Thriving in the face of perversity

Candor and Perversion
May 12, 2000

Potential readers of these versatile and pugnacious essays should not be deterred by the "19 theses" on the back of the dust-jacket. Stripped to the bone, they do not impress: "Words like 'spiritual' may refer to more than mere yearnings." "It is time for a more direct and less abstract approach to literature" and so on. Too tame to vindicate Harold Bloom's claim for their author as a moralist superior to Camus.

The front is more colourful. A substantial section of the book is devoted to "Tracking the Avant-Garde in France", with chapters on Manet, Picasso, Braque, Arp, Cocteau and Duchamp. Among Shattuck's previous works are The Banquet Years: The Arts in France 1885-1918 (1959) and The Innocent Eye: On Modern Literature and the Arts (1984). He writes on Mallarme and Proust and has translated Apollinaire and Valery. There is not much doubt where Shattuck is "chez soi", or where he finds - as Pound put it - the "nutrition of impulse": it is Paris, c.1880-1930. This is not an epoch devoid of suggestive images for a book with the intriguing title of Candor and Perversion .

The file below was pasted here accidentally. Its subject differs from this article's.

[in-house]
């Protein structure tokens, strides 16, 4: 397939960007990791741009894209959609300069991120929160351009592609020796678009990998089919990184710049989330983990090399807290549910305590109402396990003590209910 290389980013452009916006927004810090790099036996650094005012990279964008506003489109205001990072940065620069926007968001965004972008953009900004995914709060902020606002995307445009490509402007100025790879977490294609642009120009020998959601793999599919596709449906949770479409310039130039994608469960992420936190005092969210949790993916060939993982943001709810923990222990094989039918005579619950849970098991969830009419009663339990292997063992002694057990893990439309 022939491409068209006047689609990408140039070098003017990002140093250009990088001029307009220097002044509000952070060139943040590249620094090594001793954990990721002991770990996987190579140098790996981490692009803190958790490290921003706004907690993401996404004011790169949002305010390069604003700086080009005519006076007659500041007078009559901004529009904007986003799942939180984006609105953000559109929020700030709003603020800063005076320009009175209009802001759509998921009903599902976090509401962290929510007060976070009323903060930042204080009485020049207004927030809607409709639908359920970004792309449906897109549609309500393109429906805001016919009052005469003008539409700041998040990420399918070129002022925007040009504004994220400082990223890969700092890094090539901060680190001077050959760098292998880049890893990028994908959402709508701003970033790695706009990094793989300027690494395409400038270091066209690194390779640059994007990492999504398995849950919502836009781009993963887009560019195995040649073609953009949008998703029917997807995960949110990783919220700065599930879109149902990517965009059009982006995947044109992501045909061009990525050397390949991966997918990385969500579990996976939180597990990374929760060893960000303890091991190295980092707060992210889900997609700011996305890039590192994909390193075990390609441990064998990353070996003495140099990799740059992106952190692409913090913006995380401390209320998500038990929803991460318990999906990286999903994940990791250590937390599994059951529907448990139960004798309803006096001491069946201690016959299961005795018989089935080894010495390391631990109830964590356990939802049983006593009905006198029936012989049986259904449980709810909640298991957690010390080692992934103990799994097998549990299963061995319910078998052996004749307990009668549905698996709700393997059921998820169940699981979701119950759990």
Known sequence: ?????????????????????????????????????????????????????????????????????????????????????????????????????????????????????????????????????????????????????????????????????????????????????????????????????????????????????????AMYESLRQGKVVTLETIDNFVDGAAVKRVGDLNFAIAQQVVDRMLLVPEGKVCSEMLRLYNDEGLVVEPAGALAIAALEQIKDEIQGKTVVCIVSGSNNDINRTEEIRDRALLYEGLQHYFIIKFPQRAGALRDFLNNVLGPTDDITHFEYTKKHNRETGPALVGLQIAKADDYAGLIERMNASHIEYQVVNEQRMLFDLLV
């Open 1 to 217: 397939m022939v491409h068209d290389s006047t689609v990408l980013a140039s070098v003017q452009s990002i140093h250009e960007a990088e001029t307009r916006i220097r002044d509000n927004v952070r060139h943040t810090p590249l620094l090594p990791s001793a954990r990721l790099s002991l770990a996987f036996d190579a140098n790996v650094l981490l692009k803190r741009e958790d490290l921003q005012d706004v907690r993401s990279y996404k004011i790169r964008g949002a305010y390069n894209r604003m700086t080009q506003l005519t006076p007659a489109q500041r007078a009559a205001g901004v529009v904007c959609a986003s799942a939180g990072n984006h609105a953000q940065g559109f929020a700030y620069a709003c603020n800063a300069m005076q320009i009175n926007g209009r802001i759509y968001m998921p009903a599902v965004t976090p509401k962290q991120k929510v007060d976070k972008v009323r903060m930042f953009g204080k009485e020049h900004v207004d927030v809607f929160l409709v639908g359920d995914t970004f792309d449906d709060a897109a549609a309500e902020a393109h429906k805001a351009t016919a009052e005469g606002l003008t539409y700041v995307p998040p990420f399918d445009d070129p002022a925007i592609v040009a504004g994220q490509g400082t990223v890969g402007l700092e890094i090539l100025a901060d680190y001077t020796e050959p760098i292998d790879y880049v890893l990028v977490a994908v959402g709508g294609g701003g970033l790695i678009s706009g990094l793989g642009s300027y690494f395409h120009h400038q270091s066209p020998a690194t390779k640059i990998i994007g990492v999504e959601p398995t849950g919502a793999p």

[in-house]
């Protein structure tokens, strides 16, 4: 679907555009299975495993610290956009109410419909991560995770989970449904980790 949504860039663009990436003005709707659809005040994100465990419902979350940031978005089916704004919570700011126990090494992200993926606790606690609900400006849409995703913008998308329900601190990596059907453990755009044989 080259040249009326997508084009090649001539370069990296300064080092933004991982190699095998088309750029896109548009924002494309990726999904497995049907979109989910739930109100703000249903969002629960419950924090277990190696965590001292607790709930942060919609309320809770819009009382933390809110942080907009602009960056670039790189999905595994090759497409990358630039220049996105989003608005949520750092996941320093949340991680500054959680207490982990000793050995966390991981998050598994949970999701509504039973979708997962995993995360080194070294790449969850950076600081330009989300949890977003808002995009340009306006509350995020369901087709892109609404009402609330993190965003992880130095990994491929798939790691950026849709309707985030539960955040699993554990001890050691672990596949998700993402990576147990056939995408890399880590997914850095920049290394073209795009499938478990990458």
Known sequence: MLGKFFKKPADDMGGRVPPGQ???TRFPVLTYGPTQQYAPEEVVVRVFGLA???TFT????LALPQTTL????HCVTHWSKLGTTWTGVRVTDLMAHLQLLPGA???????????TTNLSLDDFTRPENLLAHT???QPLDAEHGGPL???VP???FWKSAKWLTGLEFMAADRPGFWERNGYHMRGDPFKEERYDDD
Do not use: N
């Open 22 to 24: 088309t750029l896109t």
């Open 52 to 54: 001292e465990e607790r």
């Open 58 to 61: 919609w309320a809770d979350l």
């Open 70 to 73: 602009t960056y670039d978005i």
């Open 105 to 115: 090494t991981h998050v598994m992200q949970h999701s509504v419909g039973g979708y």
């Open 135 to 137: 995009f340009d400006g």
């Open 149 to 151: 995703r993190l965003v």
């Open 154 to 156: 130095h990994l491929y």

Instead, the cover boasts a magnificent painting from 1529 by Albrecht Altdorfer, depicting against an apocalyptic backdrop the victory of Alexander over Darius. It was much admired by Napoleon. Here it has been (silently) cropped to exclude the emperors and their ignorant armies and leave hanging in mid-air a tablet evacuated of its original Latin and replenished with Shattuck's own subtitle. A joke with an edge.